Pirate Irwin on The Redeemed Detective

Pirate Irwin

The novelist discusses his latest, set around the murky business of Nazi collaboration.
Home » Author interviews » Pirate Irwin on The Redeemed Detective

Pirate Irwin – congratulations on your latest novel, The Redeemed Detective. Could you tell us about the hero of your detective series, Inspector Gaston Lafarge – did you have any real-life inspiration? 

Thank you. But no, the complex cove’s character is all on me. Maigret he is not, though one of the inspirations for Simenon’s creation features in the first of the series The Tortured Detective.       

Lafarge is working his cases in during and post WW2 France. The spectre of collaboration looms large – is that what attracted you to this location and time?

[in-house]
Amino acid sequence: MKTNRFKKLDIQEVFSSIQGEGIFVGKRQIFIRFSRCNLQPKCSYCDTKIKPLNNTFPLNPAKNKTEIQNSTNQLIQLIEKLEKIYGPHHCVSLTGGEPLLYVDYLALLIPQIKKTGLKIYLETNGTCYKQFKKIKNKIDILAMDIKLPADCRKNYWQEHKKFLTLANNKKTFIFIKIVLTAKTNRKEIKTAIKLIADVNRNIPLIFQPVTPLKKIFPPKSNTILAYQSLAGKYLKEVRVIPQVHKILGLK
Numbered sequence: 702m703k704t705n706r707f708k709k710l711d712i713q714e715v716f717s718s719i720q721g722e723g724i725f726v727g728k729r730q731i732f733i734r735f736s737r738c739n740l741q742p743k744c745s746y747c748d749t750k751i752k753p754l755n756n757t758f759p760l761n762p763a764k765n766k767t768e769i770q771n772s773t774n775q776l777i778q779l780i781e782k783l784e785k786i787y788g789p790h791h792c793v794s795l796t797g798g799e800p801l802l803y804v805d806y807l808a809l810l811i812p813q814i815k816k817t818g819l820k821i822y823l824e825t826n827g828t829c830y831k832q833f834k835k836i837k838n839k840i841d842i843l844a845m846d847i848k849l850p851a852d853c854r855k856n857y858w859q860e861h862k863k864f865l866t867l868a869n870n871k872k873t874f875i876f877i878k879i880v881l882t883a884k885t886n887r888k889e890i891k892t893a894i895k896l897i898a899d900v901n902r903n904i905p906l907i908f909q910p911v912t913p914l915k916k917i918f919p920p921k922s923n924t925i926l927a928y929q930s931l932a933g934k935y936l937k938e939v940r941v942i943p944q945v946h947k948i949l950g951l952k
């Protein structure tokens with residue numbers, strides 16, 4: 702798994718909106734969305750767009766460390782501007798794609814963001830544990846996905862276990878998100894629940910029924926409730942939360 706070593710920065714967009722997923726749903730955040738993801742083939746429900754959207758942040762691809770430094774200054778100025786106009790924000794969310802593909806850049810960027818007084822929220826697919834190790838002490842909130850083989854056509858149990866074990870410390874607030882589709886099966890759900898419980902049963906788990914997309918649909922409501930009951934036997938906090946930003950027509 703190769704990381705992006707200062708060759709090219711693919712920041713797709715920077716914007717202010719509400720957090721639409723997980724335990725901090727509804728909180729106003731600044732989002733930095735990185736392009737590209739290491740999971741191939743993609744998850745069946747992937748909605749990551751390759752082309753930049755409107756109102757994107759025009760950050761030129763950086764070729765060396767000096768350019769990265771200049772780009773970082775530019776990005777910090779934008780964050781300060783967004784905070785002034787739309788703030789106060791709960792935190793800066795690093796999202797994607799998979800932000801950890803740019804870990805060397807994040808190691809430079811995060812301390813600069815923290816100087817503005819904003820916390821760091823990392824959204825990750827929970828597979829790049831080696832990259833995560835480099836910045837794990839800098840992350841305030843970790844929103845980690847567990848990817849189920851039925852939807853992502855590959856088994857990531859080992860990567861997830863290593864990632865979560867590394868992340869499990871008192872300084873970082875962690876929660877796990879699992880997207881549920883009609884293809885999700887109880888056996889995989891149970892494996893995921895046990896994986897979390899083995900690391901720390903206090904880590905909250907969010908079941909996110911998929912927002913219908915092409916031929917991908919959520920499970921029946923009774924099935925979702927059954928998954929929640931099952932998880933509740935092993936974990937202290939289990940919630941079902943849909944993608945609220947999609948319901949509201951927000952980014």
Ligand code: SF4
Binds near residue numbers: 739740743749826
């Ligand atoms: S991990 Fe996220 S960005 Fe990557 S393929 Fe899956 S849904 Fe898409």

Yes absolutely. I have since I was a nipper, which must sound strange given Victor and Battle did not cover such topics, been intrigued as to why Marshal Petain, idolised by many French people due to his heroic leadership at Verdun, agreed to collaborate so closely with the Germans. No one else who collaborated with the Nazis, Quisling in Norway for example, had the same stature as Petain. Then there were others who had gravitas and enjoyed successful political careers like former Prime Minister Pierre Laval, Time magazine’s man of the year in 1931, that threw their lot in with the Nazis. It posed the question for me whether lots of ordinary French people followed suit in collaborating because they were leaders they respected and whose judgement they trusted, or the appalling denunciations of Jews and Resistants is simply something rather more alarming for all of us the fallibility of human nature. There is a mix of both in the books, neither a mitigating factor in such abject behaviour.